between the two major schools of Anglo-American ethical theory, Utilitarianism
and Intuitionism. Rawls’ idea was to reach back to the social contract
tradition of political theory and marry it to the quite modern discipline of
Game Theory. He claimed in his early article, Justice As Fairness, that he
could prove, as a theorem, that a group of rationally self-interested
individuals situated roughly in the condition of those posited by social contract
theory would arrive at a unanimous agreement on two principles to regulate
their social interactions, and these principles Rawls described as the
principles of justice. It was, as I say, a brilliant idea which seemed to offer
the possibility of resolving the conflict between utilitarianism and
intuitionism while preserving what was appealing and powerful in each. Problems
with his first formulation, which undermined his claim to be able to prove the
theorem in Game Theory, led Rawls to introduce a number of revisions into his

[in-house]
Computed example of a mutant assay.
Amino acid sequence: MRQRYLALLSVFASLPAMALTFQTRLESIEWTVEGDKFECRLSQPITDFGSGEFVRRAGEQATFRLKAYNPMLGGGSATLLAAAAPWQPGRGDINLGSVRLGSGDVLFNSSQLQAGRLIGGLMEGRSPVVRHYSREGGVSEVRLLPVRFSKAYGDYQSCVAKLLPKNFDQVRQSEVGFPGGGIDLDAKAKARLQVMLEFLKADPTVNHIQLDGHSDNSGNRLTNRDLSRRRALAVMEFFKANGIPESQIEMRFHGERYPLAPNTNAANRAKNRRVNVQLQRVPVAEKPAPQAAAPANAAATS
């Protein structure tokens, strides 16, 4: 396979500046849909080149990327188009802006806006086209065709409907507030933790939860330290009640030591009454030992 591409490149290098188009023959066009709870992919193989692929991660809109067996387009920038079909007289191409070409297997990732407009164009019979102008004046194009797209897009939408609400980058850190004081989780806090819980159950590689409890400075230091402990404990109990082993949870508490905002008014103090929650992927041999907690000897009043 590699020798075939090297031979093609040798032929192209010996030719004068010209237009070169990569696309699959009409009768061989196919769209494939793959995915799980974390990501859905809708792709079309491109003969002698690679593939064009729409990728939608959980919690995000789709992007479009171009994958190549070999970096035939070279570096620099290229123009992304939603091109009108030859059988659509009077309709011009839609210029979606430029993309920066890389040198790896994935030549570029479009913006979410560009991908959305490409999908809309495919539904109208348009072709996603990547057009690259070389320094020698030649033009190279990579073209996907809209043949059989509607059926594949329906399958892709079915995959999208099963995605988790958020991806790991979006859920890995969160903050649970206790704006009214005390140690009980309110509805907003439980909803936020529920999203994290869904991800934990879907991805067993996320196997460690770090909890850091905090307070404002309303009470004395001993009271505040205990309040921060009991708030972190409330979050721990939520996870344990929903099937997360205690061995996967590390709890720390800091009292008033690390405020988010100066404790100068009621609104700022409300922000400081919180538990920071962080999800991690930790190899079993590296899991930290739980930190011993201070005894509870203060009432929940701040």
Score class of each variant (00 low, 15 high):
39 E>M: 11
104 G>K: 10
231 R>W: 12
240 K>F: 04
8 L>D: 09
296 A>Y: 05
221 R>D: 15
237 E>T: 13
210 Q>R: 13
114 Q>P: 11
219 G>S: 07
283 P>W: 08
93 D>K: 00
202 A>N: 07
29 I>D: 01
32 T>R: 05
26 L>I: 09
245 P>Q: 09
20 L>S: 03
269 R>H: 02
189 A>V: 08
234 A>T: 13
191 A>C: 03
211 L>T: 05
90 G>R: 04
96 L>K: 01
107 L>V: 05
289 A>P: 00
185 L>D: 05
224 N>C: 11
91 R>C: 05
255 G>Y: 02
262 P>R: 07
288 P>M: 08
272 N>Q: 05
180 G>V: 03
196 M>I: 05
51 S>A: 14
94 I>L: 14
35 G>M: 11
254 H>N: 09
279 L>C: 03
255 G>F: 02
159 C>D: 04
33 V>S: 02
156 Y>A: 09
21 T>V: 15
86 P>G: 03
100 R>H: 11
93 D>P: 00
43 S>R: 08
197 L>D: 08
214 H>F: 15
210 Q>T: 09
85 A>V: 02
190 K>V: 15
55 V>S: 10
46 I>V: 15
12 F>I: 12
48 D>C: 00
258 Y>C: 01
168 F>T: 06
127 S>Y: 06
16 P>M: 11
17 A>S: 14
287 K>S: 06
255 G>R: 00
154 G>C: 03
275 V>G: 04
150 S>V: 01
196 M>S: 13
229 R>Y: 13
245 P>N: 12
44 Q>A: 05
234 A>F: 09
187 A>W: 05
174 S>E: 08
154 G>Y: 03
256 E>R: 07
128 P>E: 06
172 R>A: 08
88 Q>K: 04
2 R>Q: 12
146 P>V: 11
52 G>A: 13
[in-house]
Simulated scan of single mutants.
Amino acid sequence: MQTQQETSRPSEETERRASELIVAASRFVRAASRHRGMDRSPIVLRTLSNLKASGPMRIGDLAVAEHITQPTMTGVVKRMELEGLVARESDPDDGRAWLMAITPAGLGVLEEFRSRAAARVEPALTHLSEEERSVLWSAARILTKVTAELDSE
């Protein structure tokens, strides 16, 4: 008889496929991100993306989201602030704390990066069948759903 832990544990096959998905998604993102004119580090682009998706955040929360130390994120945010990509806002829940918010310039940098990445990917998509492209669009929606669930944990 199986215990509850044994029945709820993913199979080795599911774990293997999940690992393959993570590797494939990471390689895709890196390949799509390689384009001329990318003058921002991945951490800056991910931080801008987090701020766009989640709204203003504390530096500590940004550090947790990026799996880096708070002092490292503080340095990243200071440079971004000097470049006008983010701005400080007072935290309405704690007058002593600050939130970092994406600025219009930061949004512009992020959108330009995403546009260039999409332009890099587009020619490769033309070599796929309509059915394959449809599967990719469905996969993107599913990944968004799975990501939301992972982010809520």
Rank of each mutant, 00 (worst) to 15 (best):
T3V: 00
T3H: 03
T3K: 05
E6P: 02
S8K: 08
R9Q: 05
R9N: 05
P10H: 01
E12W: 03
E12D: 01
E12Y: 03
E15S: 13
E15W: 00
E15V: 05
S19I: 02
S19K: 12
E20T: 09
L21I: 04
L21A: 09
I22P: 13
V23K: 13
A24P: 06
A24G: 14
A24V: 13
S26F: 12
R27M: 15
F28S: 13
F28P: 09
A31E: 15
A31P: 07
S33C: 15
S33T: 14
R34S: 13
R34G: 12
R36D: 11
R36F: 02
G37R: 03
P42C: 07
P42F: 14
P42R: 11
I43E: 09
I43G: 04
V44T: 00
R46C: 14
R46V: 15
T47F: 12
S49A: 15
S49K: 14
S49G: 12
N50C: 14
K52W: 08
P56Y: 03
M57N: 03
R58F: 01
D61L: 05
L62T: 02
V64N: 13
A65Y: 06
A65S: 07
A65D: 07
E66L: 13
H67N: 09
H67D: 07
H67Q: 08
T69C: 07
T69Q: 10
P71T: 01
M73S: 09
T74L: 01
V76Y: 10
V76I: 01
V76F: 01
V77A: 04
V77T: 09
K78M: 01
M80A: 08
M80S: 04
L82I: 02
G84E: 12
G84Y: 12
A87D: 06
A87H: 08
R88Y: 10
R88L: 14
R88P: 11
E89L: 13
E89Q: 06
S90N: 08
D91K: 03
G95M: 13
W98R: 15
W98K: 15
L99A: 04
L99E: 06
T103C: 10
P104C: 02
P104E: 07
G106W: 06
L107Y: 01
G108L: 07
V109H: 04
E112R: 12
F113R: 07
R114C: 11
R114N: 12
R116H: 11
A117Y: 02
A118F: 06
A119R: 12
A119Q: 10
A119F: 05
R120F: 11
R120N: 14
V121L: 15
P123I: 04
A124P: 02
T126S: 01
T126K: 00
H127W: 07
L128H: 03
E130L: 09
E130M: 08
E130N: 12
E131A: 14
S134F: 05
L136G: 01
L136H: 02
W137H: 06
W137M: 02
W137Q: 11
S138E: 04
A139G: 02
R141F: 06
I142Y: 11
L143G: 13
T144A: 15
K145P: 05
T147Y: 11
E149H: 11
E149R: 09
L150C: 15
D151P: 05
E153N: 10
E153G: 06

theory, including most famously what he called the Veil of Ignorance.
By the time Rawls published A Theory of Justice the journal
article had ballooned into a 400 page book with seemingly a thousand words on
every page. Rawls had elaborate and interesting things to say about an
extraordinarily wide variety of subjects, all of which he attempted to hang on
or connect with or derive from his core idea.
I was not powerfully drawn to Rawls’s vision of a just
society – to put it as simply as I can, he had learned nothing from Marx. But I
thought his core idea was brilliant and fascinating and so I engaged with it,
ignoring all of the ancillary materials that stuffed his big book. (Not in my
commentary, but more recently, I have taken to describing the book as a slender
monograph wearing what in the film world is called a fat suit, but that, I am
afraid, is somewhat unkind.) I thought about Rawls’ central argument carefully
and came to the conclusion that, for a variety of technical reasons which
interested me, the argument did not work. And I demonstrated that in my book.
But that was not the way Rawls’ book was read by most of the very wide
readership which spanned a number of different disciplines. I did not care.